Clay then sought to become a toxicologist. The guidelines for board certification required candidates to be a resident mentored by a boarded toxicologist. At the time, OSU did not have a toxicology program, but luckily, they had Dr. Bill Edwards. Edwards was a professor with the college who happened to be pursuing board certification in toxicology. Once he became boarded as a veterinary toxicologist, Clay approached him and became his first resident.
Together, Clay and Edwards built a program tailored to the Board of Veterinary Toxicology requirements and in 1975, Clay became a board-certified veterinary toxicologist. He continued to teach and conduct research, but as word spread further of his expertise, case requests began to roll in.
“As a resident and faculty member, I had already participated in several cases that had arisen requiring application of what I knew,” he said. “One of them was right here in Stillwater: Swan Hose Factory. It was a hose manufacturing facility that produced garden hoses as well as hoses for automobiles and other equipment.”
The company created a lead cast in which three or more layers of materials were placed to make the hoses. The cast was then salvaged into a smelting pot to remelt it for other casts. According to EPA guidance, the company changed its smokestack so that the smoke would go up and away so exposure to employees was minimized. Unfortunately, this created a toxic environment where lead was wind-disseminated for about two miles away from the plant.
“This issue was first identified in horses that became ill, so Bill Edwards and I were called into diagnose why,” Clay said. “We realized that there was lead on the vegetation that these horses were eating, so then the big question was, where did it come from? And of course, this wasn't difficult to figure out.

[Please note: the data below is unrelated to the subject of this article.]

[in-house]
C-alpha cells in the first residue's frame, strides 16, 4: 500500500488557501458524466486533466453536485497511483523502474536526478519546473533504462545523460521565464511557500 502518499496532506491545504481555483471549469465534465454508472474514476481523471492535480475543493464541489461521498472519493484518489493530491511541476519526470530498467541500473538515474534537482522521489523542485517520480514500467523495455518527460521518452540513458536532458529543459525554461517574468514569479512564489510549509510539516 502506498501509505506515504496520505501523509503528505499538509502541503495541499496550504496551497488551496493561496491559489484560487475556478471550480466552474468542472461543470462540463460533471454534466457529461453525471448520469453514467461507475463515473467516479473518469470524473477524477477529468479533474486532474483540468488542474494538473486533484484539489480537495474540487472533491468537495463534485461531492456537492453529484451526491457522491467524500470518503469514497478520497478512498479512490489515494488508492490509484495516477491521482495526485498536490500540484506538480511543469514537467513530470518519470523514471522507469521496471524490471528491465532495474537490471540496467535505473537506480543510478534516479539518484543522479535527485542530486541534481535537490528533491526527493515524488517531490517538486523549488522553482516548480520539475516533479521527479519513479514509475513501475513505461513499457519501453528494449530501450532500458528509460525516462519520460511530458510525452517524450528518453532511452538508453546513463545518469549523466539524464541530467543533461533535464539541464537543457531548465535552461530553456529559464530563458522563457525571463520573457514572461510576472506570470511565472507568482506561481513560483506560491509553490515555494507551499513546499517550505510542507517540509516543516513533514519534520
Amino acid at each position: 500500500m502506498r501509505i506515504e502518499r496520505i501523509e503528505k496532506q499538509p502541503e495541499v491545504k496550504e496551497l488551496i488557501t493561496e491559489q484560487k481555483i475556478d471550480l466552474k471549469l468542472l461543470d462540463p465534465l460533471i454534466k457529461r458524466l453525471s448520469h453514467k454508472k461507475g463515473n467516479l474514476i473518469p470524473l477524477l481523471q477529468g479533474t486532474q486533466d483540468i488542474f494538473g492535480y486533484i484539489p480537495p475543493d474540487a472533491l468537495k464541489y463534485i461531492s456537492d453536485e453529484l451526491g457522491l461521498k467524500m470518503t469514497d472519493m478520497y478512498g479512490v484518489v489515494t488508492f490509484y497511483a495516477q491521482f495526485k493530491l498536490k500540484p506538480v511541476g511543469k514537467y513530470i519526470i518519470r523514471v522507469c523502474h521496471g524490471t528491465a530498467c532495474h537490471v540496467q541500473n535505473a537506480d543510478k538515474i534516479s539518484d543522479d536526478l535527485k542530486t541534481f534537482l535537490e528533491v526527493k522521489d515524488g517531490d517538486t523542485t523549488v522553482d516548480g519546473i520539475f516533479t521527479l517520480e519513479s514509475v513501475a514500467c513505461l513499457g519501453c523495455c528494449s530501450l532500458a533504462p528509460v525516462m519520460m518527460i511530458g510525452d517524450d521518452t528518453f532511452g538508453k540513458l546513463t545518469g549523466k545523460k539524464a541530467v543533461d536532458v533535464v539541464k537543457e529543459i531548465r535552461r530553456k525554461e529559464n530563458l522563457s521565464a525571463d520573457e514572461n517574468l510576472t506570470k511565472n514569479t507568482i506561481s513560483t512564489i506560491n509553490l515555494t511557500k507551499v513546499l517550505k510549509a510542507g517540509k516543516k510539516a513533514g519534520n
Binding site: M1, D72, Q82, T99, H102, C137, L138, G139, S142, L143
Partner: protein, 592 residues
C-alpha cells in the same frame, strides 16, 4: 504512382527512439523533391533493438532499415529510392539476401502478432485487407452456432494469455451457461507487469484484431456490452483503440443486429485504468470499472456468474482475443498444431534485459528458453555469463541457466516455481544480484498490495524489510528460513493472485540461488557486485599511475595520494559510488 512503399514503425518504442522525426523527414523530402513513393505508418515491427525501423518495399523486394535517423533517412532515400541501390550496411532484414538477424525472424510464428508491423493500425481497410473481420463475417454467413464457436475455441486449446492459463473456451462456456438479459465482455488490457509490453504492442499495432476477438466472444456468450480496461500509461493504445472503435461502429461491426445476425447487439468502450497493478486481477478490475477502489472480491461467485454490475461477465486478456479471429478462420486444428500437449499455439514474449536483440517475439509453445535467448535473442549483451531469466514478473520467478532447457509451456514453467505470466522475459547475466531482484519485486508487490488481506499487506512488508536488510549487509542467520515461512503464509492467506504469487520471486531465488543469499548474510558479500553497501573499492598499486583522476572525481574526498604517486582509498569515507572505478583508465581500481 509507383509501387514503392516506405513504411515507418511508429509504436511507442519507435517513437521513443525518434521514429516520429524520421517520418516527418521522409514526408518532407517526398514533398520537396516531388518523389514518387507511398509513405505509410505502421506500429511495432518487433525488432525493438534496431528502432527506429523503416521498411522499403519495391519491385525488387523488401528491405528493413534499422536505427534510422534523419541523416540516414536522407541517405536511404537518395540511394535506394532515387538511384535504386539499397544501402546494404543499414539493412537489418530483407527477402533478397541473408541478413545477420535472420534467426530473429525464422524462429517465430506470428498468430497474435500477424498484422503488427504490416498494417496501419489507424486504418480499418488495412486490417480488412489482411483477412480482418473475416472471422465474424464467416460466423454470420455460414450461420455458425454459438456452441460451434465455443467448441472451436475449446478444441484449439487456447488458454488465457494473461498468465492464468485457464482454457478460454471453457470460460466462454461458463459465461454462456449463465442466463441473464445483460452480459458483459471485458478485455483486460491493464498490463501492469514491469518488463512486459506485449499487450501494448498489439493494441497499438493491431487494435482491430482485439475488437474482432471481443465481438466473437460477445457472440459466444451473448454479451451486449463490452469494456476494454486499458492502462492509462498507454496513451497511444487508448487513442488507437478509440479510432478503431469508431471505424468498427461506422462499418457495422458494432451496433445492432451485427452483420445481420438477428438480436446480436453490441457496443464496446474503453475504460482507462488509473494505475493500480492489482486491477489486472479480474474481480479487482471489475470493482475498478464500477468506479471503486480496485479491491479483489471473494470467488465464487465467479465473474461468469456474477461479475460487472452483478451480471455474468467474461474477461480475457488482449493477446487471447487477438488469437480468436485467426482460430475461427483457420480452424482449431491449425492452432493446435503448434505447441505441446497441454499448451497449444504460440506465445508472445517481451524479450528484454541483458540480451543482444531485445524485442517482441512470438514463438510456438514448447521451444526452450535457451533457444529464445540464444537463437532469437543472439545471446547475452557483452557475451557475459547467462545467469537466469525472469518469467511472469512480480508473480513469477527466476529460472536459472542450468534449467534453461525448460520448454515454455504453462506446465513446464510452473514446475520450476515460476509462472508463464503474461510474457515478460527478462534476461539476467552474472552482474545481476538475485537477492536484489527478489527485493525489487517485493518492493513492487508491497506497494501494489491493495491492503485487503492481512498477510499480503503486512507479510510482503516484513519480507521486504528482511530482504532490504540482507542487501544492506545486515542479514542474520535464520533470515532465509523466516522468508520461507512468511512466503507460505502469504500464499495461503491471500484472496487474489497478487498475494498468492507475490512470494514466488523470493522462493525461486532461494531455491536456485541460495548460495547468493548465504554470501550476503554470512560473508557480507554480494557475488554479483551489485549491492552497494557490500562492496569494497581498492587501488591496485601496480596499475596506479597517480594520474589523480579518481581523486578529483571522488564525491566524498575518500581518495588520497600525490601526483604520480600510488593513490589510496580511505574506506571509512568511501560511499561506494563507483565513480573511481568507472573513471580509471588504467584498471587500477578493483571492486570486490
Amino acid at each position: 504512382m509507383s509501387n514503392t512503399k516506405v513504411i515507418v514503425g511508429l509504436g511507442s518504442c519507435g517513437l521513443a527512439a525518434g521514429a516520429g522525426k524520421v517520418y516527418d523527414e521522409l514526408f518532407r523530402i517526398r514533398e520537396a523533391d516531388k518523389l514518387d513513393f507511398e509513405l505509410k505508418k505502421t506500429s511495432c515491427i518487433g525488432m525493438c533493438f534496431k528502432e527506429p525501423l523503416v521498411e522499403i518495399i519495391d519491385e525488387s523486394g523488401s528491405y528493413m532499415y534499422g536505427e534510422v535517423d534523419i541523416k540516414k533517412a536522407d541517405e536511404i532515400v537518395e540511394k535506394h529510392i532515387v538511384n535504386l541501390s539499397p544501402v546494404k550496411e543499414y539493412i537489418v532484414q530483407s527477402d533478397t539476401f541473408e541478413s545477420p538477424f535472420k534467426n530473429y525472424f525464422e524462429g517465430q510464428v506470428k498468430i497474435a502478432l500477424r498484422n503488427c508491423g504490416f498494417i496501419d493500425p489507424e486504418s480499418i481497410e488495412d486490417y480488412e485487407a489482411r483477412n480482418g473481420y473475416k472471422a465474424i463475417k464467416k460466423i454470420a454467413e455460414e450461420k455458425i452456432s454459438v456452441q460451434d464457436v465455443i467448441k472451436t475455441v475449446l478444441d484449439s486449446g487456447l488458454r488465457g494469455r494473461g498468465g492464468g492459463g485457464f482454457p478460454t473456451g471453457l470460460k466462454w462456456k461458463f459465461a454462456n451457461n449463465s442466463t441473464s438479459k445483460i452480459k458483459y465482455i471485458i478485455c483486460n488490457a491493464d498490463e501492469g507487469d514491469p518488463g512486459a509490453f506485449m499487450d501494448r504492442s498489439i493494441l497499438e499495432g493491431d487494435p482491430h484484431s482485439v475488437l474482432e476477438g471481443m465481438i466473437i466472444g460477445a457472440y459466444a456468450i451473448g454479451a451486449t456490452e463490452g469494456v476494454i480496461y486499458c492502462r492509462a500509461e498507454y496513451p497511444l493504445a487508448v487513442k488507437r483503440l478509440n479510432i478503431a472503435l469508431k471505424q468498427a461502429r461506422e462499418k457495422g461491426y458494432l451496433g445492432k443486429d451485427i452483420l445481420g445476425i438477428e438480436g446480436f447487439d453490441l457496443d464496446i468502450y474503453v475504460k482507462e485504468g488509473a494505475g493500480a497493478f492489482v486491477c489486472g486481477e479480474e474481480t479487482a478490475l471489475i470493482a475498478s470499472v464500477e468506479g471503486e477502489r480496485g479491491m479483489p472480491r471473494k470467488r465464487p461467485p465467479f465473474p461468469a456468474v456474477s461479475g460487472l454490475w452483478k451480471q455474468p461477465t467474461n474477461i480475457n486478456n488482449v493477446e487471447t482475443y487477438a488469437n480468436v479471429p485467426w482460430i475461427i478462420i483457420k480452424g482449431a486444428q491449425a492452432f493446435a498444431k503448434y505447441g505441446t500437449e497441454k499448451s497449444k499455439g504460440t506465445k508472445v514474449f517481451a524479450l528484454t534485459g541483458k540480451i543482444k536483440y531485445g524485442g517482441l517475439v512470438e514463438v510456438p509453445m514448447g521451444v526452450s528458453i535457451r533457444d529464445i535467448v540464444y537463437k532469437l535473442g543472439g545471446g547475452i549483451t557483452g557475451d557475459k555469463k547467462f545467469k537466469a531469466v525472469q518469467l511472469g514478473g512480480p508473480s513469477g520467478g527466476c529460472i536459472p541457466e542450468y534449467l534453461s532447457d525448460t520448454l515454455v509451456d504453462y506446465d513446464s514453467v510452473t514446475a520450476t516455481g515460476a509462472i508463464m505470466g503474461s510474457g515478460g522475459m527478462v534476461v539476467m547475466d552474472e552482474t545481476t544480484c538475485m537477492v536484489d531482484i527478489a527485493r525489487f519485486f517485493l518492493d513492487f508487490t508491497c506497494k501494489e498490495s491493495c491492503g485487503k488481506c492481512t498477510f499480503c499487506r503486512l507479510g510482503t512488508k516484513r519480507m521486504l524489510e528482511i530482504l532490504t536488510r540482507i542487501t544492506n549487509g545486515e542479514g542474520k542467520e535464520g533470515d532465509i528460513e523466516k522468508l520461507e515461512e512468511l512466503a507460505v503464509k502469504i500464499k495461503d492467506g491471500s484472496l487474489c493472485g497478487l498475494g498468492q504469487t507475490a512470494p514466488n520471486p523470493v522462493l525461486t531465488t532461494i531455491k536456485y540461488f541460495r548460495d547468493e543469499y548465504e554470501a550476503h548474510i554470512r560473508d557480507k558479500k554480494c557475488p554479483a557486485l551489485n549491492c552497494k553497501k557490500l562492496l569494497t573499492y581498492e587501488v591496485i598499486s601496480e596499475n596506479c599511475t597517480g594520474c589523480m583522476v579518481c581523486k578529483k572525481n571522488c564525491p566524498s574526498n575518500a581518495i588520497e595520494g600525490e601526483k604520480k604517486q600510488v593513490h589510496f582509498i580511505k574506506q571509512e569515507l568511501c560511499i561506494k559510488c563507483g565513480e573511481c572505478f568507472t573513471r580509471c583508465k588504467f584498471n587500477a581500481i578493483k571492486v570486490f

“I spent a lot of time gathering data to prove to the business what had happened. That data was presented to the Lead Industries Association, a consortium of all the commercial companies that deal with lead. My job was to convince them of the nature of the issue at hand and offer a method of correcting it.”
Using his agronomic knowledge, Clay developed a plan to alleviate the issue. The plan was to first remove the vegetation where feasible, burn what was left and then adjust the soil’s pH to prevent the lead from being taken up by the roots of plants. With this problem solved and the case closed, Clay had officially become the foremost expert on issues that required agronomic and veterinary knowledge.
Clay began to accept more cases as time allowed, mostly from the oil and gas industry as it grew rapidly in the ‘70s and early ‘80s. But as more cases came, the more stretched he felt, trying to balance consulting and teaching.
“It showed me that there's an entire business here, a big business if I want to assume it,” Clay said. “I was ready to do it — that is, become a private consultant.”